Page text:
Battery Sergeant Major Ernest Powdrill describes life on the front line in Holland.
The weather was appalling, the drenching rain was intense and the days were permanently dark. It was bitterly cold. The locality was wooded and gloomy, the enemy were around us in some considerable numbers and the area was extensively mined. South of Oploo was not a comfortable position to be in, but there was no alternative.
On the night of 14th – 15th October Powdrill had to go forward with supplies for the Forward Observation tank, referred to as the RDon, which was concealed on the edge of woods, much closer to the enemy. He went forward in a carrier with Driver Smith:
… easing his way slowly in the dark night in first gear, through the wood along this narrow track, past a lone, empty cottage on the left that was probably the forester’s accommodation in normal times, and stopping just short of the edge of the wood where RDon was hidden in the trees and well camouflaged.
We managed a pleasant hour yarning about various incidents and drinking a mug of hot sweet tea, but still very conscious of the proximity of the enemy. We were a little apprehensive, too, as we had to manoeuvre our way back in the dark through the minefield.
We managed it by being extra careful, sometimes stopping for me to have a closer look by getting out and examining the ground in front (it was possible to walk over some German mines because the human body did not have sufficient weight to set them off — a tank or a Bren carrier was a different matter).
We eventually got back to the guns, safe and sound, thankful that it was not our job to spend the spooky night up there, although our gun position was not exactly a safe haven. I had only been back at the guns about an hour when an order came for the journey to be repeated, the reasons for which I forget. I was engaged in some task or other at the Command Post and a newcomer, Second Lieutenant Patrick Delaforce, a very young officer, was ordered to undertake the task.
He took my Bren carrier, with Driver Smith at the wheel, and I briefed Patrick on the route to go so as to avoid the mines. He had been given different orders, however, that required a change from the route I had taken. Naturally those orders took precedence over what I had to say and I was pleased that Driver Smith was going, as he was conversant with some of the risks.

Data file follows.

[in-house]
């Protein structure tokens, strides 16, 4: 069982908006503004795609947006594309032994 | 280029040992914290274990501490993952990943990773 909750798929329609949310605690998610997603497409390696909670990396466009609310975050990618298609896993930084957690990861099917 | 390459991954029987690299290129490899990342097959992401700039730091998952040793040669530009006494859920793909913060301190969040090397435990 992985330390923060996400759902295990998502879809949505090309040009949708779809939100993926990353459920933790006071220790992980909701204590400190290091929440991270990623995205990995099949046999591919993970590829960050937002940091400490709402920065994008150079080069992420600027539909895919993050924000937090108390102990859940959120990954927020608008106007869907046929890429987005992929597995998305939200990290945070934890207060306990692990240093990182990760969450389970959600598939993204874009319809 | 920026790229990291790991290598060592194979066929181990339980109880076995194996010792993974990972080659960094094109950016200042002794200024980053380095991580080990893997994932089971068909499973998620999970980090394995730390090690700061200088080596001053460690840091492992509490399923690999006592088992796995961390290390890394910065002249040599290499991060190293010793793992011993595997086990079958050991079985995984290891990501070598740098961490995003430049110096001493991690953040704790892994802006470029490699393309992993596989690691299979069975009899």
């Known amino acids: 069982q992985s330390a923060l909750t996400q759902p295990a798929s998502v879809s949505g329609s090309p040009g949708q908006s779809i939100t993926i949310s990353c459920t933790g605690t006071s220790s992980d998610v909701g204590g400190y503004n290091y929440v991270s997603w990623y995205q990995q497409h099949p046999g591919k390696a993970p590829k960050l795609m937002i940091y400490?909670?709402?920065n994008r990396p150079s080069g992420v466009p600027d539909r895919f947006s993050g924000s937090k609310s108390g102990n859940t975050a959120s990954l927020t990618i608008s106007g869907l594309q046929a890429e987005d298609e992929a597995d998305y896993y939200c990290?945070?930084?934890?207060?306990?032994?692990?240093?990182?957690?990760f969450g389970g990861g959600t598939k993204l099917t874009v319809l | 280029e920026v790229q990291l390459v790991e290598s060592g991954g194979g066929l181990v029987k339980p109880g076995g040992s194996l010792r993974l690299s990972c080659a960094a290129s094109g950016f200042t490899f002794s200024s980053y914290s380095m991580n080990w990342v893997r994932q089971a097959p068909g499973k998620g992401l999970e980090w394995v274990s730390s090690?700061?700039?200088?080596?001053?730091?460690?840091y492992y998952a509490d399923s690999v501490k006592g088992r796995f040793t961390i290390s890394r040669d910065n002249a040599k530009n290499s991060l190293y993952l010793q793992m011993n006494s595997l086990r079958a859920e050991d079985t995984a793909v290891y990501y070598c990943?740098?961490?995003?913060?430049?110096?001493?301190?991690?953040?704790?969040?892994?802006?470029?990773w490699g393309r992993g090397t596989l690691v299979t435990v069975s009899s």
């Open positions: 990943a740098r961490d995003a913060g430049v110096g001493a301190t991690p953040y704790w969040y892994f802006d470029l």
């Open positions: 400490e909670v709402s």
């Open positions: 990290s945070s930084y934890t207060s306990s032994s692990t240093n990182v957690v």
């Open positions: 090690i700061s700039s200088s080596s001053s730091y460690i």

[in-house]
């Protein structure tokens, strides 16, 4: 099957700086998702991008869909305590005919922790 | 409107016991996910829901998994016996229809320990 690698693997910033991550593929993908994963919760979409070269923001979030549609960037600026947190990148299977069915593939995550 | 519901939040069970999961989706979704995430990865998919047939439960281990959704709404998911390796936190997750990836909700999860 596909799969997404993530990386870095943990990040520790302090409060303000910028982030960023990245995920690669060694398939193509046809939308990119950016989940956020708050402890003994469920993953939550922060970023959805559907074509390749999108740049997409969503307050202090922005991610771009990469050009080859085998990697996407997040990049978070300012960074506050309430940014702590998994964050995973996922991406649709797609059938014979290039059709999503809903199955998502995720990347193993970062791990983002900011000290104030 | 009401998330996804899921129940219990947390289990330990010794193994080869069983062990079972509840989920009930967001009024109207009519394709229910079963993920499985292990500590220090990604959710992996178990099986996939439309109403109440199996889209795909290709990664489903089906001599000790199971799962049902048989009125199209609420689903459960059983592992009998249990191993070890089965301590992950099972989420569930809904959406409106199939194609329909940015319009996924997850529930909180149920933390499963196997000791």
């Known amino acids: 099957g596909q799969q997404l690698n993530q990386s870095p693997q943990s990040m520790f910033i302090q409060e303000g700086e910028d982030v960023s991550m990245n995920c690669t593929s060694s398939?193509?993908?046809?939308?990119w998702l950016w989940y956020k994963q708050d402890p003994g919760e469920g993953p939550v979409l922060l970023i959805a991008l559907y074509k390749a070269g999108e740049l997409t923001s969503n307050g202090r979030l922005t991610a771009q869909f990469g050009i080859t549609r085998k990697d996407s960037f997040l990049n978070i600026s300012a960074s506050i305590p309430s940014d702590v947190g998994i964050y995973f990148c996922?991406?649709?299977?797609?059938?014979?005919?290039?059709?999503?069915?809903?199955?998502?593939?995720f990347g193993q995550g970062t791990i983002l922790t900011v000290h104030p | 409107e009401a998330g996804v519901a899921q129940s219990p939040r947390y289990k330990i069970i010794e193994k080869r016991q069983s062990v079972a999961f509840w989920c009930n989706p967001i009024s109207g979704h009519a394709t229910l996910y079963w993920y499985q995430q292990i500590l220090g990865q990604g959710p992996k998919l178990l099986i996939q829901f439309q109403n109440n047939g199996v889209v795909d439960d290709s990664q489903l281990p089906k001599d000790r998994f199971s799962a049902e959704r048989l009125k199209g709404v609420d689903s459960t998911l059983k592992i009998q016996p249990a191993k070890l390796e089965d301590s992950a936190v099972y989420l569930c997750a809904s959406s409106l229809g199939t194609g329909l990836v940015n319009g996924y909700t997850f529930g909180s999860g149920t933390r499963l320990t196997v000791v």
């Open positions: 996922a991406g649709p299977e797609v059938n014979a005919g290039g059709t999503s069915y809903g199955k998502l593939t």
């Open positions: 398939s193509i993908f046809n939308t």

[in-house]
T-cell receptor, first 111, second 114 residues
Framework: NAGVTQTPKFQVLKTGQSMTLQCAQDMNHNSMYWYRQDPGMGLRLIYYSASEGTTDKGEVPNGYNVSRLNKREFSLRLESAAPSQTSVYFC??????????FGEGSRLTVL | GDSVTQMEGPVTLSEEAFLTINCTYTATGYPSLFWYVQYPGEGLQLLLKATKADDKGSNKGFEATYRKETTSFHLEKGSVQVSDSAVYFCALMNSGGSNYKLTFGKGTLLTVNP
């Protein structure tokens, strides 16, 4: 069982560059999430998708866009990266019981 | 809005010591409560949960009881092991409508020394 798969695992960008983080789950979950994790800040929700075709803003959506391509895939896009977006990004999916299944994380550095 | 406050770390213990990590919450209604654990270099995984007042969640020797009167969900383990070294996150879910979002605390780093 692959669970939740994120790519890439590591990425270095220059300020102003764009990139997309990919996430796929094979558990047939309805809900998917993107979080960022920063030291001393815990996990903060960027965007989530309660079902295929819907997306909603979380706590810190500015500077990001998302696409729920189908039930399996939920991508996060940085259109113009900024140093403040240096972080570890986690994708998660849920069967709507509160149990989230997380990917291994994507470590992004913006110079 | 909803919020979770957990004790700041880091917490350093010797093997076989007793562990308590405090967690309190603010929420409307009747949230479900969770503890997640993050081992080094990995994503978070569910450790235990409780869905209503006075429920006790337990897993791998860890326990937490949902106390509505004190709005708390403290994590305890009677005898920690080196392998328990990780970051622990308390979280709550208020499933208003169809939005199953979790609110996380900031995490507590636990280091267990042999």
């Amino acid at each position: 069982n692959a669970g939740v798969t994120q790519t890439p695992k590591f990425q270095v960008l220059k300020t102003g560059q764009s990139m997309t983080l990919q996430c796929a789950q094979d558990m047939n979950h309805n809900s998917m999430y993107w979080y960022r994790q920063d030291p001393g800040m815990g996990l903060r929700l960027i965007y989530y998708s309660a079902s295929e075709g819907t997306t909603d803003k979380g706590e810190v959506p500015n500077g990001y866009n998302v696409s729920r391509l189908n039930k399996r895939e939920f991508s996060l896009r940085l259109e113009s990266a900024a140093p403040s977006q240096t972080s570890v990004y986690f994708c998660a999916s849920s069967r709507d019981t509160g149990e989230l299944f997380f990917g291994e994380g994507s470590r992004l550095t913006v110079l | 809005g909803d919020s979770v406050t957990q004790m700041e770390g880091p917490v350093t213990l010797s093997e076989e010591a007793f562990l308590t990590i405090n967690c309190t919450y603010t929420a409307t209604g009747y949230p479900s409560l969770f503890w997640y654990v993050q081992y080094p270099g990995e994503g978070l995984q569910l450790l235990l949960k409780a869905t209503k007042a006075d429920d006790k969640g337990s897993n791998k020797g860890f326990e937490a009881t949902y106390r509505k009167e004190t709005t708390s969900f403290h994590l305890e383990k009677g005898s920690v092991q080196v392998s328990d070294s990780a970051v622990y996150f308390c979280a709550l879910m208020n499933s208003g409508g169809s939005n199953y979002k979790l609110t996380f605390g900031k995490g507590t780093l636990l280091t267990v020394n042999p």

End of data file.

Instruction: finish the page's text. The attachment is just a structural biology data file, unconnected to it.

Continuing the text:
Unfortunately, the changed route apparently had not been reconnoitred and the inevitable happened — the carrier was blown up on a mine. Driver Smith was killed instantly, his left leg torn off at the thigh. Patrick was injured, sustaining a severe head wound (he told me years later that he still has a piece of metal in his head).
RDon’s crew at the sharp end heard the explosion and, fearing the worst, conveyed this sad news to us over the wireless. Lance Bombardier Muscoe and I immediately ran about half a mile along the track, oblivious of the mines, to the scene of the tragedy. The carrier was laid on its side, with Driver Smith’s torn leg still on the clutch pedal, his body some yards away, having been pulled clear by RDon’s crew. He lay lifeless under a blanket.
We looked around in the dark night, out of sight of the Germans nearby, who must also have heard the explosion, amidst the proliferation of mines, for some suitable place to bury him. We were near to the forester’s empty cottage and the only place we could dig a shallow grave without undue disturbance from the enemy was, incongruously, by the front door of the cottage, just where a doormat might have been placed. We buried Driver Smith, said a few words over him and forlornly made our way back.
Patrick, I think, was attended to by RDon’s crew. Back at the guns, everyone anxiously wanted to know what had happened and there was great sorrow as Driver Smith was a popular member of the Troop. He was also one of the two oldest among us, having a wife and a young daughter at home.